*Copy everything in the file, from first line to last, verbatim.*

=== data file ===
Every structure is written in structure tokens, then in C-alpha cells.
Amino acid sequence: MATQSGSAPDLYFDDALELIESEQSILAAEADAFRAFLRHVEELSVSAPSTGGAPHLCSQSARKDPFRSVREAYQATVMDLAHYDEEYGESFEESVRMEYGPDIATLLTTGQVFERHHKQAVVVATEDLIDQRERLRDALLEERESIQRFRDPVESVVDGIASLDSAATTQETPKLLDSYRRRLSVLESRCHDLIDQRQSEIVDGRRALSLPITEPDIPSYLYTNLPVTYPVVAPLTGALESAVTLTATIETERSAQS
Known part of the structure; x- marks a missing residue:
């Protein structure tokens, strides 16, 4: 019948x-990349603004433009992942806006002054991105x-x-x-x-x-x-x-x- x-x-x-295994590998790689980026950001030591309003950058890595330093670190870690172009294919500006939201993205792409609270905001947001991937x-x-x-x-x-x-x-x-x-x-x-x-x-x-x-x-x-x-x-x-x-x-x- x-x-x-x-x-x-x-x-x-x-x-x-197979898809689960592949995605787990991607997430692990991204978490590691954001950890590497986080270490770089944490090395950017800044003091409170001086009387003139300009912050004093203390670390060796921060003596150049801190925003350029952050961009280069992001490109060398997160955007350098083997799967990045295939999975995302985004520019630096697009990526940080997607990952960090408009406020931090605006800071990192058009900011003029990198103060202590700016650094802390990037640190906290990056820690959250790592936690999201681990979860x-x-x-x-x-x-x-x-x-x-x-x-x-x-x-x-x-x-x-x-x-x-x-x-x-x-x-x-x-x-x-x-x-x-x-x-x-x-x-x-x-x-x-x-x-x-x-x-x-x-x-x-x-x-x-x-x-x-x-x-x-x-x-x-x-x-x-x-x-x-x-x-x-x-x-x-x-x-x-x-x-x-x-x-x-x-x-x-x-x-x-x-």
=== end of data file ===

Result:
Every structure is written in structure tokens, then in C-alpha cells.
Amino acid sequence: MATQSGSAPDLYFDDALELIESEQSILAAEADAFRAFLRHVEELSVSAPSTGGAPHLCSQSARKDPFRSVREAYQATVMDLAHYDEEYGESFEESVRMEYGPDIATLLTTGQVFERHHKQAVVVATEDLIDQRERLRDALLEERESIQRFRDPVESVVDGIASLDSAATTQETPKLLDSYRRRLSVLESRCHDLIDQRQSEIVDGRRALSLPITEPDIPSYLYTNLPVTYPVVAPLTGALESAVTLTATIETERSAQS
Known part of the structure; x- marks a missing residue:
């Protein structure tokens, strides 16, 4: 019948x-990349603004433009992942806006002054991105x-x-x-x-x-x-x-x- x-x-x-295994590998790689980026950001030591309003950058890595330093670190870690172009294919500006939201993205792409609270905001947001991937x-x-x-x-x-x-x-x-x-x-x-x-x-x-x-x-x-x-x-x-x-x-x- x-x-x-x-x-x-x-x-x-x-x-x-197979898809689960592949995605787990991607997430692990991204978490590691954001950890590497986080270490770089944490090395950017800044003091409170001086009387003139300009912050004093203390670390060796921060003596150049801190925003350029952050961009280069992001490109060398997160955007350098083997799967990045295939999975995302985004520019630096697009990526940080997607990952960090408009406020931090605006800071990192058009900011003029990198103060202590700016650094802390990037640190906290990056820690959250790592936690999201681990979860x-x-x-x-x-x-x-x-x-x-x-x-x-x-x-x-x-x-x-x-x-x-x-x-x-x-x-x-x-x-x-x-x-x-x-x-x-x-x-x-x-x-x-x-x-x-x-x-x-x-x-x-x-x-x-x-x-x-x-x-x-x-x-x-x-x-x-x-x-x-x-x-x-x-x-x-x-x-x-x-x-x-x-x-x-x-x-x-x-x-x-x-």